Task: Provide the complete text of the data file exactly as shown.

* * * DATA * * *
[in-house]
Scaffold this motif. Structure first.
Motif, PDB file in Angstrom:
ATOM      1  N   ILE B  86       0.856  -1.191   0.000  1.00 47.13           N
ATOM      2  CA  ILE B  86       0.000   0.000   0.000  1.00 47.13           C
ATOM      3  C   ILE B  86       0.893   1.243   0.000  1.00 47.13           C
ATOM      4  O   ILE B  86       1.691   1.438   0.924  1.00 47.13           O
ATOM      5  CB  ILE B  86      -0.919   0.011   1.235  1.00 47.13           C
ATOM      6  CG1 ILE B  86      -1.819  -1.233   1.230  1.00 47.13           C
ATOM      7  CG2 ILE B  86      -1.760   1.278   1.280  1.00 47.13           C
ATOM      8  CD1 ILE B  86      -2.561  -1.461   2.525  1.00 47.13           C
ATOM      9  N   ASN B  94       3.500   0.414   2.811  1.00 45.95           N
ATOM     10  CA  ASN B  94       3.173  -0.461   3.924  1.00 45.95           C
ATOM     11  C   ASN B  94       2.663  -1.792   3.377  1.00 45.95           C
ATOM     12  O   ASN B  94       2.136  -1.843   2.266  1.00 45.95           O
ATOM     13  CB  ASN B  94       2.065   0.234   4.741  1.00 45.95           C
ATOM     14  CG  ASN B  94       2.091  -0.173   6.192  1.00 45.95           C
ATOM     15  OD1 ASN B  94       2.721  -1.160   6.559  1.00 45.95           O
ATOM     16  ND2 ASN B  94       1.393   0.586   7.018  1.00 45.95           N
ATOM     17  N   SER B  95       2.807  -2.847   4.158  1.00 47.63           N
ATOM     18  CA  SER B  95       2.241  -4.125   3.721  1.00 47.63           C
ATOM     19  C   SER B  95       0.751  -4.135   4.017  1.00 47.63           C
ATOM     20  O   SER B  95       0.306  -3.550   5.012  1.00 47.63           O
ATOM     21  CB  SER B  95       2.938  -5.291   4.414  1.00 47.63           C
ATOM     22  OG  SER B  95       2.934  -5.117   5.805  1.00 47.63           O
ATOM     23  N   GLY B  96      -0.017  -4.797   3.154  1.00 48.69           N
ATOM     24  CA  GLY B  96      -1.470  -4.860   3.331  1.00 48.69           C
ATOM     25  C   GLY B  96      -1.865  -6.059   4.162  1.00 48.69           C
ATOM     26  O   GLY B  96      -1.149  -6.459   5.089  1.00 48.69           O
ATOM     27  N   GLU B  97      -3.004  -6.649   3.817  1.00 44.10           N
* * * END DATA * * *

[in-house]
Scaffold this motif. Structure first.
Motif, PDB file in Angstrom:
ATOM      1  N   ILE B  86       0.856  -1.191   0.000  1.00 47.13           N
ATOM      2  CA  ILE B  86       0.000   0.000   0.000  1.00 47.13           C
ATOM      3  C   ILE B  86       0.893   1.243   0.000  1.00 47.13           C
ATOM      4  O   ILE B  86       1.691   1.438   0.924  1.00 47.13           O
ATOM      5  CB  ILE B  86      -0.919   0.011   1.235  1.00 47.13           C
ATOM      6  CG1 ILE B  86      -1.819  -1.233   1.230  1.00 47.13           C
ATOM      7  CG2 ILE B  86      -1.760   1.278   1.280  1.00 47.13           C
ATOM      8  CD1 ILE B  86      -2.561  -1.461   2.525  1.00 47.13           C
ATOM      9  N   ASN B  94       3.500   0.414   2.811  1.00 45.95           N
ATOM     10  CA  ASN B  94       3.173  -0.461   3.924  1.00 45.95           C
ATOM     11  C   ASN B  94       2.663  -1.792   3.377  1.00 45.95           C
ATOM     12  O   ASN B  94       2.136  -1.843   2.266  1.00 45.95           O
ATOM     13  CB  ASN B  94       2.065   0.234   4.741  1.00 45.95           C
ATOM     14  CG  ASN B  94       2.091  -0.173   6.192  1.00 45.95           C
ATOM     15  OD1 ASN B  94       2.721  -1.160   6.559  1.00 45.95           O
ATOM     16  ND2 ASN B  94       1.393   0.586   7.018  1.00 45.95           N
ATOM     17  N   SER B  95       2.807  -2.847   4.158  1.00 47.63           N
ATOM     18  CA  SER B  95       2.241  -4.125   3.721  1.00 47.63           C
ATOM     19  C   SER B  95       0.751  -4.135   4.017  1.00 47.63           C
ATOM     20  O   SER B  95       0.306  -3.550   5.012  1.00 47.63           O
ATOM     21  CB  SER B  95       2.938  -5.291   4.414  1.00 47.63           C
ATOM     22  OG  SER B  95       2.934  -5.117   5.805  1.00 47.63           O
ATOM     23  N   GLY B  96      -0.017  -4.797   3.154  1.00 48.69           N
ATOM     24  CA  GLY B  96      -1.470  -4.860   3.331  1.00 48.69           C
ATOM     25  C   GLY B  96      -1.865  -6.059   4.162  1.00 48.69           C
ATOM     26  O   GLY B  96      -1.149  -6.459   5.089  1.00 48.69           O
ATOM     27  N   GLU B  97      -3.004  -6.649   3.817  1.00 44.10           N